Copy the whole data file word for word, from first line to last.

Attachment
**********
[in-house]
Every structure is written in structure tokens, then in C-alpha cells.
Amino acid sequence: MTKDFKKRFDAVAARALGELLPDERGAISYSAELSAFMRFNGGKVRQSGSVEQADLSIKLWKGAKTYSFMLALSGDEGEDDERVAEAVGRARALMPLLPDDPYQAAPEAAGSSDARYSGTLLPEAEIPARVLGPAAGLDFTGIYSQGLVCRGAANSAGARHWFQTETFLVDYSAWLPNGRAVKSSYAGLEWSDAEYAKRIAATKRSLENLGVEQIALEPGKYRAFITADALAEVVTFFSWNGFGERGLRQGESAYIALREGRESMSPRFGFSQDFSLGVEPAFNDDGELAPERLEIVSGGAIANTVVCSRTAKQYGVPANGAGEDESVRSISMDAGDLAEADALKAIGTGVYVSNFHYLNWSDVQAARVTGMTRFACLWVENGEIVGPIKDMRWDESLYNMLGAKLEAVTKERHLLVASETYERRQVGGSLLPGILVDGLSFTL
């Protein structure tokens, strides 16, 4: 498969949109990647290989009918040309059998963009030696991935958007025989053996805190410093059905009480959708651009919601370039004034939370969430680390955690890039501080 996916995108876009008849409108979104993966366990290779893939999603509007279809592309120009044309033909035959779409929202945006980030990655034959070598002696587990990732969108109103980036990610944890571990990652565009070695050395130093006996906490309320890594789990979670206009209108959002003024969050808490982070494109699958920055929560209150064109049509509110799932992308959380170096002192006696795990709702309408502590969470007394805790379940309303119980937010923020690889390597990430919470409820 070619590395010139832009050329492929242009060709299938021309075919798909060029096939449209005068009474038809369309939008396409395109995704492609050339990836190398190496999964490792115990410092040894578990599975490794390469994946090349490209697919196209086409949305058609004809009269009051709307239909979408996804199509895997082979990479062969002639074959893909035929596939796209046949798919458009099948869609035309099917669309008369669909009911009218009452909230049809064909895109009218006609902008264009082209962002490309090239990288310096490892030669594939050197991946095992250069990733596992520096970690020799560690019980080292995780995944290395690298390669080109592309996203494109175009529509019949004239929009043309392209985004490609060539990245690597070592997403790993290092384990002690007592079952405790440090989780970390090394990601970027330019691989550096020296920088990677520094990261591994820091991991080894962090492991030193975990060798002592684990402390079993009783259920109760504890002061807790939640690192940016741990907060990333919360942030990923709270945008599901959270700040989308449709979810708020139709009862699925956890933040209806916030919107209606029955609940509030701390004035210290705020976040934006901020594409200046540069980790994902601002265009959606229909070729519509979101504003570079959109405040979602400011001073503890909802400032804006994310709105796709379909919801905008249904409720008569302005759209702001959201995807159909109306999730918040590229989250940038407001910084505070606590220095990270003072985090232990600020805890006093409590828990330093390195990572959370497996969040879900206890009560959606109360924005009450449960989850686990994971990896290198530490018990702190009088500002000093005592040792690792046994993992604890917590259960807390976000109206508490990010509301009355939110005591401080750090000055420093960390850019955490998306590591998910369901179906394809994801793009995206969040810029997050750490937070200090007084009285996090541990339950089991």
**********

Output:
[in-house]
Every structure is written in structure tokens, then in C-alpha cells.
Amino acid sequence: MTKDFKKRFDAVAARALGELLPDERGAISYSAELSAFMRFNGGKVRQSGSVEQADLSIKLWKGAKTYSFMLALSGDEGEDDERVAEAVGRARALMPLLPDDPYQAAPEAAGSSDARYSGTLLPEAEIPARVLGPAAGLDFTGIYSQGLVCRGAANSAGARHWFQTETFLVDYSAWLPNGRAVKSSYAGLEWSDAEYAKRIAATKRSLENLGVEQIALEPGKYRAFITADALAEVVTFFSWNGFGERGLRQGESAYIALREGRESMSPRFGFSQDFSLGVEPAFNDDGELAPERLEIVSGGAIANTVVCSRTAKQYGVPANGAGEDESVRSISMDAGDLAEADALKAIGTGVYVSNFHYLNWSDVQAARVTGMTRFACLWVENGEIVGPIKDMRWDESLYNMLGAKLEAVTKERHLLVASETYERRQVGGSLLPGILVDGLSFTL
């Protein structure tokens, strides 16, 4: 498969949109990647290989009918040309059998963009030696991935958007025989053996805190410093059905009480959708651009919601370039004034939370969430680390955690890039501080 996916995108876009008849409108979104993966366990290779893939999603509007279809592309120009044309033909035959779409929202945006980030990655034959070598002696587990990732969108109103980036990610944890571990990652565009070695050395130093006996906490309320890594789990979670206009209108959002003024969050808490982070494109699958920055929560209150064109049509509110799932992308959380170096002192006696795990709702309408502590969470007394805790379940309303119980937010923020690889390597990430919470409820 070619590395010139832009050329492929242009060709299938021309075919798909060029096939449209005068009474038809369309939008396409395109995704492609050339990836190398190496999964490792115990410092040894578990599975490794390469994946090349490209697919196209086409949305058609004809009269009051709307239909979408996804199509895997082979990479062969002639074959893909035929596939796209046949798919458009099948869609035309099917669309008369669909009911009218009452909230049809064909895109009218006609902008264009082209962002490309090239990288310096490892030669594939050197991946095992250069990733596992520096970690020799560690019980080292995780995944290395690298390669080109592309996203494109175009529509019949004239929009043309392209985004490609060539990245690597070592997403790993290092384990002690007592079952405790440090989780970390090394990601970027330019691989550096020296920088990677520094990261591994820091991991080894962090492991030193975990060798002592684990402390079993009783259920109760504890002061807790939640690192940016741990907060990333919360942030990923709270945008599901959270700040989308449709979810708020139709009862699925956890933040209806916030919107209606029955609940509030701390004035210290705020976040934006901020594409200046540069980790994902601002265009959606229909070729519509979101504003570079959109405040979602400011001073503890909802400032804006994310709105796709379909919801905008249904409720008569302005759209702001959201995807159909109306999730918040590229989250940038407001910084505070606590220095990270003072985090232990600020805890006093409590828990330093390195990572959370497996969040879900206890009560959606109360924005009450449960989850686990994971990896290198530490018990702190009088500002000093005592040792690792046994993992604890917590259960807390976000109206508490990010509301009355939110005591401080750090000055420093960390850019955490998306590591998910369901179906394809994801793009995206969040810029997050750490937070200090007084009285996090541990339950089991």